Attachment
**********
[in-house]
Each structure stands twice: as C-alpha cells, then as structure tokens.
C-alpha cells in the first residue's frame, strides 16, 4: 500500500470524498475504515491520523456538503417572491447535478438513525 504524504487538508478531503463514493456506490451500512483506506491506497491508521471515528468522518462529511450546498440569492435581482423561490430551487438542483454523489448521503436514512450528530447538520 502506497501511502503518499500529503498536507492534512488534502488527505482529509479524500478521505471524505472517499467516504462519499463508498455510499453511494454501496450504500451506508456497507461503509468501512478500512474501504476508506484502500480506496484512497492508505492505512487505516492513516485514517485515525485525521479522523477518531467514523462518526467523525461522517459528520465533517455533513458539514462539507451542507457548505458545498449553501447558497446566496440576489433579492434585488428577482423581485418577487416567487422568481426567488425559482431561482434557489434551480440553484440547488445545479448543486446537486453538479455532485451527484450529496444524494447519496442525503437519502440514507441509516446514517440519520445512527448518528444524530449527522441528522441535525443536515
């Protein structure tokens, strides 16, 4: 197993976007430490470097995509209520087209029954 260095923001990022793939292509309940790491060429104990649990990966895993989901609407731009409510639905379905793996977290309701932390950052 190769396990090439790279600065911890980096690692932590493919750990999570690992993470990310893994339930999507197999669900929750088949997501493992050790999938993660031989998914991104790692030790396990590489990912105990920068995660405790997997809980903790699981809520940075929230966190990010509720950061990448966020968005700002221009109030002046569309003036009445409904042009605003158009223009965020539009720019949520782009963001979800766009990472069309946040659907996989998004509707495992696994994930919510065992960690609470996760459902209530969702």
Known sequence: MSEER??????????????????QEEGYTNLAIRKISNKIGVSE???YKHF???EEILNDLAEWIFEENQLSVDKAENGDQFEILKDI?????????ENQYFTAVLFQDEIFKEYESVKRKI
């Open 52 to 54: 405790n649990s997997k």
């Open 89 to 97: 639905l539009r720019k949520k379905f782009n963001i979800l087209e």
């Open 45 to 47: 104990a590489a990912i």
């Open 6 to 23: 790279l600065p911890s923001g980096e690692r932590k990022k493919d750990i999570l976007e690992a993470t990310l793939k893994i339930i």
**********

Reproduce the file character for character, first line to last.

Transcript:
[in-house]
Each structure stands twice: as C-alpha cells, then as structure tokens.
C-alpha cells in the first residue's frame, strides 16, 4: 500500500470524498475504515491520523456538503417572491447535478438513525 504524504487538508478531503463514493456506490451500512483506506491506497491508521471515528468522518462529511450546498440569492435581482423561490430551487438542483454523489448521503436514512450528530447538520 502506497501511502503518499500529503498536507492534512488534502488527505482529509479524500478521505471524505472517499467516504462519499463508498455510499453511494454501496450504500451506508456497507461503509468501512478500512474501504476508506484502500480506496484512497492508505492505512487505516492513516485514517485515525485525521479522523477518531467514523462518526467523525461522517459528520465533517455533513458539514462539507451542507457548505458545498449553501447558497446566496440576489433579492434585488428577482423581485418577487416567487422568481426567488425559482431561482434557489434551480440553484440547488445545479448543486446537486453538479455532485451527484450529496444524494447519496442525503437519502440514507441509516446514517440519520445512527448518528444524530449527522441528522441535525443536515
């Protein structure tokens, strides 16, 4: 197993976007430490470097995509209520087209029954 260095923001990022793939292509309940790491060429104990649990990966895993989901609407731009409510639905379905793996977290309701932390950052 190769396990090439790279600065911890980096690692932590493919750990999570690992993470990310893994339930999507197999669900929750088949997501493992050790999938993660031989998914991104790692030790396990590489990912105990920068995660405790997997809980903790699981809520940075929230966190990010509720950061990448966020968005700002221009109030002046569309003036009445409904042009605003158009223009965020539009720019949520782009963001979800766009990472069309946040659907996989998004509707495992696994994930919510065992960690609470996760459902209530969702």
Known sequence: MSEER??????????????????QEEGYTNLAIRKISNKIGVSE???YKHF???EEILNDLAEWIFEENQLSVDKAENGDQFEILKDI?????????ENQYFTAVLFQDEIFKEYESVKRKI
């Open 52 to 54: 405790n649990s997997k």
């Open 89 to 97: 639905l539009r720019k949520k379905f782009n963001i979800l087209e």
């Open 45 to 47: 104990a590489a990912i």
């Open 6 to 23: 790279l600065p911890s923001g980096e690692r932590k990022k493919d750990i999570l976007e690992a993470t990310l793939k893994i339930i």